Attention 18-34 year olds: this post is for you. If you’re lazy when it comes to money, regardless of your age, this post is also for you.
Today we’re talking FINANCES, which in my experience is never been a fun thing to think about or talk about. At least, until recently. A few months ago we began taking a Dave Ramsey Financial Peace University course through our church. While I won’t go so far as to say I’m having fun taking the class, I will say it’s been an extremely helpful tool as we try to make smart decisions about our financial future.
The truth is, if you’re part of Gen Y (aka The Millennial Generation), you’re climbing an uphill battle when it comes to finances.
According to this recent Atlantic article, Gen Y is the “unluckiest generation” because we we’ve come into the working world during a terrible recession. On top of that, many of us were encouraged to take out massive school debts, or “good debt”, because we’d surely get incredible jobs upon graduation.
For a lot of Gen Y adults, finding incredible (high paying) jobs has been hard. Until Anna arrived I worked in several different marketing positions. Guys, I worked my butt off to move up the ranks. I stayed late. I learned a ton. I got great annual reviews and became a manager with a sweet corner office with windows. I did not, however, receive any substantial raises. If you look at my degree, the hours I worked, and the field, I should have been making a lot more income than I did. I’m not telling you this to complain or gain sympathy but rather to prove a point. The Atlantic article is right: it’s been a tough six years in the job market.
Of course our generation has many things going for us, the largest being TIME. Our parents’ generation is nearing retirement. Many Baby Boomers are stressed about their finances because they don’t have many working years to earn back what they’ve lost during the recession. We, on the other hand, can start making smart decisions NOW.
“If you do the things you need to do when you need to do them, then someday you can do the things you want to do wthen you want to do them.” -Zig Ziglar
The biggest goals for Jonathan and I at this point in our life are: paying off law school debts, saving for retirement and our children’s college funds, and (eventually, maybe) figuring out how to buy another home. (We have no plans to leave our current house–I love it and it works for us–but as we add children to our family we could outgrow the space.)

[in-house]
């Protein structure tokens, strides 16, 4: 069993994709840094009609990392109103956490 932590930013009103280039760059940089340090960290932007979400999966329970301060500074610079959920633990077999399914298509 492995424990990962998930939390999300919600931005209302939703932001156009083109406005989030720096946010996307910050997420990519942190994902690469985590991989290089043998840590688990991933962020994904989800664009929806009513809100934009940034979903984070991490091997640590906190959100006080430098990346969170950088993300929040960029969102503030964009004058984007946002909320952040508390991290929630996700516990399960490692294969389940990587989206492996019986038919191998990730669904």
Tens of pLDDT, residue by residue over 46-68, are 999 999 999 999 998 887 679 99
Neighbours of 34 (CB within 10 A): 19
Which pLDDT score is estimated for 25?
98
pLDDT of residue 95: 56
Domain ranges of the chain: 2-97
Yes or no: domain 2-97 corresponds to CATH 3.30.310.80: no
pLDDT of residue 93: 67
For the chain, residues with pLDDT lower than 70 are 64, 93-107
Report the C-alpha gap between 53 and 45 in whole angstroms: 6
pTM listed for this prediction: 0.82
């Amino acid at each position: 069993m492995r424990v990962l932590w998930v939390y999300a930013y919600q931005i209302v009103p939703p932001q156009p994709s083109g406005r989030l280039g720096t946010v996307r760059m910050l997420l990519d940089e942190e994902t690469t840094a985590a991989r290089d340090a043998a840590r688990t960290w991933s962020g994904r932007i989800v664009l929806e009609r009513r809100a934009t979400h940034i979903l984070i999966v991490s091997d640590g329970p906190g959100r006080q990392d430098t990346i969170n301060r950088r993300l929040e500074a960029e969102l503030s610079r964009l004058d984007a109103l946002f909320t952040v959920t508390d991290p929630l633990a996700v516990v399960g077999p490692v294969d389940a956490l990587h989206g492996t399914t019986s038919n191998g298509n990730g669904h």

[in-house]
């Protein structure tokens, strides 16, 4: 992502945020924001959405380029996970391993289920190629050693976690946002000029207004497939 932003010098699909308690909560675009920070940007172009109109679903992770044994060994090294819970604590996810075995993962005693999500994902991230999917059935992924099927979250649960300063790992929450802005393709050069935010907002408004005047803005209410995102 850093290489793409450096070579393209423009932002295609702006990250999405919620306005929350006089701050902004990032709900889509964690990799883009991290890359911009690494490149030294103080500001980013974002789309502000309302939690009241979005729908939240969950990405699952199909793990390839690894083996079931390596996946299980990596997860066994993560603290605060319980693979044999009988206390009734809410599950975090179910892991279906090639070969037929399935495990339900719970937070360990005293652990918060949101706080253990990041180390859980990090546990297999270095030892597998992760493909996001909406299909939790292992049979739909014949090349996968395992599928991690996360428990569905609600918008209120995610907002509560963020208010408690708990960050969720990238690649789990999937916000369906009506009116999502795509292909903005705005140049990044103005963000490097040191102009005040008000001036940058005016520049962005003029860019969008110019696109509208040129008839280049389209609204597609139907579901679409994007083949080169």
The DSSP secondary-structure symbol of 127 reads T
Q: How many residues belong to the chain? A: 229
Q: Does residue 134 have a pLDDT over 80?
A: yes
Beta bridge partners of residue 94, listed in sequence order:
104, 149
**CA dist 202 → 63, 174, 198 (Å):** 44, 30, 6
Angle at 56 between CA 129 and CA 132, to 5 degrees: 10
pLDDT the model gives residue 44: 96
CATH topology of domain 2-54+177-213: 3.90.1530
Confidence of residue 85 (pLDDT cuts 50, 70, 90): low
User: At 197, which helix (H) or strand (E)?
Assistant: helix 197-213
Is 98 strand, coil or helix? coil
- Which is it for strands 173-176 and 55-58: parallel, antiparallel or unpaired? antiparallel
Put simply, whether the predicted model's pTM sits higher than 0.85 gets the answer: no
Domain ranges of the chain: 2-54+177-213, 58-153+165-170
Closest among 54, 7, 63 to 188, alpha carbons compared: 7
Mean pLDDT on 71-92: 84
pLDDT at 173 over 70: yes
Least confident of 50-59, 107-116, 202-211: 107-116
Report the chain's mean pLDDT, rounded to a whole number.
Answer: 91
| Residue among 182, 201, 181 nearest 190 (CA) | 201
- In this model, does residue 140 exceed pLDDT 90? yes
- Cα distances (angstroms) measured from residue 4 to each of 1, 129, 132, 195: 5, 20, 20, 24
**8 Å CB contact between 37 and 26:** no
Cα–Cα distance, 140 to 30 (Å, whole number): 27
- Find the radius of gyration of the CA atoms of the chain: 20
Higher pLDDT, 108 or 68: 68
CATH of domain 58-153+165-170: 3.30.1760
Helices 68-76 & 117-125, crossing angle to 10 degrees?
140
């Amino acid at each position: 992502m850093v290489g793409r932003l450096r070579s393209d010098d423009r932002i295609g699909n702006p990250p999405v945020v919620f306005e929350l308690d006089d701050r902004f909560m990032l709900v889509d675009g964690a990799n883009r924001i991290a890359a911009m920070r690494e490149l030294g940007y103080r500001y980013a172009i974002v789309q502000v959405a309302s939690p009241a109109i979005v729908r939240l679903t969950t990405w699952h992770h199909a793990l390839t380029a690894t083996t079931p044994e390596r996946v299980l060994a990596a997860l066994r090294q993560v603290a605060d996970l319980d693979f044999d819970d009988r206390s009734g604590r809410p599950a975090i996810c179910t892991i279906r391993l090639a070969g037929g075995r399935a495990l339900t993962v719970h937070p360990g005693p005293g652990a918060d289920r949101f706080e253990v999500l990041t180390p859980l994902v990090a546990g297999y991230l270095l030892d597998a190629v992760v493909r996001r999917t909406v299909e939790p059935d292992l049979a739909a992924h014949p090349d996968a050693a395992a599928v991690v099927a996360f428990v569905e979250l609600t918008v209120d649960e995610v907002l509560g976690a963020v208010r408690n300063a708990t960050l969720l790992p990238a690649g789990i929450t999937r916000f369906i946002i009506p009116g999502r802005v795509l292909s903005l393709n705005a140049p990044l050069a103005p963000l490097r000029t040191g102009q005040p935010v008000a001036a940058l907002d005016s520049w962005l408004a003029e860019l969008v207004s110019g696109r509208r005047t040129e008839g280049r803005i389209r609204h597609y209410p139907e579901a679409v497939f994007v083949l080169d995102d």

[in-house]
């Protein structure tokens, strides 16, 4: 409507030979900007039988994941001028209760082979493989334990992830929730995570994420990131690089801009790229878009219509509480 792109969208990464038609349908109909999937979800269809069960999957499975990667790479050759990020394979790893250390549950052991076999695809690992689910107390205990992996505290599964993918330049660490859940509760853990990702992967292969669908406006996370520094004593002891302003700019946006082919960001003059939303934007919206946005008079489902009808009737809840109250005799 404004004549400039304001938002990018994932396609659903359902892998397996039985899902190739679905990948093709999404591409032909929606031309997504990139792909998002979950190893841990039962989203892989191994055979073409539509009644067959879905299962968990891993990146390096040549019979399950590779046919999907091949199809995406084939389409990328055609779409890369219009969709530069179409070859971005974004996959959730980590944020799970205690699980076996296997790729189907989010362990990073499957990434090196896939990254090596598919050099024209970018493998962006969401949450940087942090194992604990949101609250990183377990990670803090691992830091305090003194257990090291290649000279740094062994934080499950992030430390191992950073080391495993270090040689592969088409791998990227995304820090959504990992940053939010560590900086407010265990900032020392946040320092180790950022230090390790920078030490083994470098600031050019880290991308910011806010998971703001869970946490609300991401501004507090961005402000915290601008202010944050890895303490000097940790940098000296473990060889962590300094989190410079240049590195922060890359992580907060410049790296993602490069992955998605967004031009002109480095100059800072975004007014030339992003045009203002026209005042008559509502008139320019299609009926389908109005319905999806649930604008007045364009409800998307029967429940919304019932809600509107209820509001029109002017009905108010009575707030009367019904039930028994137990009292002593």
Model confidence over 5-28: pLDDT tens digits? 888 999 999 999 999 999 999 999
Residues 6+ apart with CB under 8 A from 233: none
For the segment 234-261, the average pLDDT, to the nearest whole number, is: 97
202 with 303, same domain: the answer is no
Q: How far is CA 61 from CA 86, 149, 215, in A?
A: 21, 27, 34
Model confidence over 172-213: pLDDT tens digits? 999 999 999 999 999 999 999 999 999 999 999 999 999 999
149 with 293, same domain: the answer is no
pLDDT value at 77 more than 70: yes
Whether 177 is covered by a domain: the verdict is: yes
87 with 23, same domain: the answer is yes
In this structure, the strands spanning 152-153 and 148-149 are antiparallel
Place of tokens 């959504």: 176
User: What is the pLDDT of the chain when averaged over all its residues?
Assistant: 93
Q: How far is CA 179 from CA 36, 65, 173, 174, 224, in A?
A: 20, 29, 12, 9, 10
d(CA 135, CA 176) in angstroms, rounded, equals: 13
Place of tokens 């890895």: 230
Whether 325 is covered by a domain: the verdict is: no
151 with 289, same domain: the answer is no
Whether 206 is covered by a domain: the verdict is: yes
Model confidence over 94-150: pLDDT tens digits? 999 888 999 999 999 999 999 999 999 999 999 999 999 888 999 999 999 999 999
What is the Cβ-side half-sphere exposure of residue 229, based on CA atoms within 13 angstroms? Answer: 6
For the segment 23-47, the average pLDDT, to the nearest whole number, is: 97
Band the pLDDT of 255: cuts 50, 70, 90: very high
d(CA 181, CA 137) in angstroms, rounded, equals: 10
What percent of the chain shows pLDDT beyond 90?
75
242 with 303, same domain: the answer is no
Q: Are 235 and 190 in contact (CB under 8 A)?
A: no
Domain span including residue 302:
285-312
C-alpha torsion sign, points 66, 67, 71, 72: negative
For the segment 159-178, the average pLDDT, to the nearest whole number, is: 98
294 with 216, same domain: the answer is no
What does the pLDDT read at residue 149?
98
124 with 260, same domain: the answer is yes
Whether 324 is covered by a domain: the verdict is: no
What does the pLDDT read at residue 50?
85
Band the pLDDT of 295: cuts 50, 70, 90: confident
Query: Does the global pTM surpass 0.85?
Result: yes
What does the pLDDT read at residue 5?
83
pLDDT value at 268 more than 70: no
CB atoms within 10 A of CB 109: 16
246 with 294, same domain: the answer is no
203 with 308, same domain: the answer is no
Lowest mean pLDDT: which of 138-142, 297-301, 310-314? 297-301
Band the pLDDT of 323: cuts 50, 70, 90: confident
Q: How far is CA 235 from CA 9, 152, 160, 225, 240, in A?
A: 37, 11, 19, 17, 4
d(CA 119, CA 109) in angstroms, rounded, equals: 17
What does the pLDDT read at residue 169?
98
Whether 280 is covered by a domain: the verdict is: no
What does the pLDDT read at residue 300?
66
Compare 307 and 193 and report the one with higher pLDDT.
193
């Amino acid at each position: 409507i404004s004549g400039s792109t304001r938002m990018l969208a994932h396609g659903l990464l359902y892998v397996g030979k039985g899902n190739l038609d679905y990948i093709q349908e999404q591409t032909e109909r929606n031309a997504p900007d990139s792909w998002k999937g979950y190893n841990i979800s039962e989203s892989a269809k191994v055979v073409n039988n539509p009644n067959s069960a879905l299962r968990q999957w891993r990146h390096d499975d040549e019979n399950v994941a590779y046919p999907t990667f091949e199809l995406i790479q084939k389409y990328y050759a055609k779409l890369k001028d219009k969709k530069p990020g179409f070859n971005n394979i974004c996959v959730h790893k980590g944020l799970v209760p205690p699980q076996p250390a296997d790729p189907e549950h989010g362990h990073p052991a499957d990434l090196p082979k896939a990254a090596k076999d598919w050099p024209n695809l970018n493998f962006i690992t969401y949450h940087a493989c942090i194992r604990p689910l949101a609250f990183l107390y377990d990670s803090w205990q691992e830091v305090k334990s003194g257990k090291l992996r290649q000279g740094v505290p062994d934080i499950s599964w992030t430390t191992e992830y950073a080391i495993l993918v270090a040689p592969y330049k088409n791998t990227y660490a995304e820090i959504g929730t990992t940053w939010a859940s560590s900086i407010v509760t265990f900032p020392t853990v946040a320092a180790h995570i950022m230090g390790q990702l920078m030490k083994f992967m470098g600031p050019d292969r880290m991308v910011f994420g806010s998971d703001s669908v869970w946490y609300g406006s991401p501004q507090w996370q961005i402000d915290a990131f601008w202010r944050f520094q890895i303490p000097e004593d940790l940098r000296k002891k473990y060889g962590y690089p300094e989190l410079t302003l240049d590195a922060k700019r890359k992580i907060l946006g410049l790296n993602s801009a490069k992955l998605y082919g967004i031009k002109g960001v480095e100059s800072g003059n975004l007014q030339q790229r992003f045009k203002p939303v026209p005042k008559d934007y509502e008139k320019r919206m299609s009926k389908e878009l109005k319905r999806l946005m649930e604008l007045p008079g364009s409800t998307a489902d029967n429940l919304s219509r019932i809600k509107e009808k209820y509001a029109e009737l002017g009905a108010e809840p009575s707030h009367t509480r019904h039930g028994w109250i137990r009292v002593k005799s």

Until taking the Dave Ramsey course I hadn’t given much thought to retirement or college saving. Now I’m realizing how much these goals need to be a priority, not an after thought. If we make good decisions now we’ll be secure when we’re older PLUS we’ll be able to bless other people by giving money away to those who are truly in need. How fun would that be?
Make all you can, save all you can, give all you can.” -John Wesley
I think the most difficult part about taking a Dave Ramsey course is realizing that in order to become financially secure, it means delaying gratification. When I was a child my dad used to always ask: “Is that new (shirt, toy, purse) a need or a want?” When I truly ask myself this question, I usually realize most of the items I think I need are actually wants. One of the reasons I hate budgeting is that during this period of my life I need to make some tough and disciplined choices.
“One definition of maturity is learning to delay pleasure. Children do what feels good; adults devise a plan and follow it.” – Dave Ramsey
Other topics Dave covers that might be particularly helpful for some of you:
Having a $1,000 beginner emergency fund
Paying off all debts
Saving 3-6 months of expenses for larger emergencies
Buying the right kind of insurance
Knowing when to buy a house (and when not to!)
So here’s my point: if you’re reading this post and you’re not making disciplined and smart decisions with your money…please sign up for this course. Especially if you have massive school debt or credit card debt. Especially if you’re trying to decide whether to buy a house. Especially if you have children and haven’t bought life insurance. Don’t wait until you’re 30 or 40. Take interest and action now.
I think Jonathan and I have made a lot of good choices with our money in the last few years–he’s really good about reading, researching and budgeting–but we could have been even more disciplined in application. Our generation can’t afford to be lazy when it comes to finances.
With that I should also admit that in our relationship I’ve always been the one to drag my feet about sticking to a budget. I actually convinced Jonathan to take this course because I knew it’d be the only way I might break bad habits. My sweet husband gave up his spring softball league to attend with me, and I think our marriage and future will be stronger because of the sacrifice. Thanks, my love.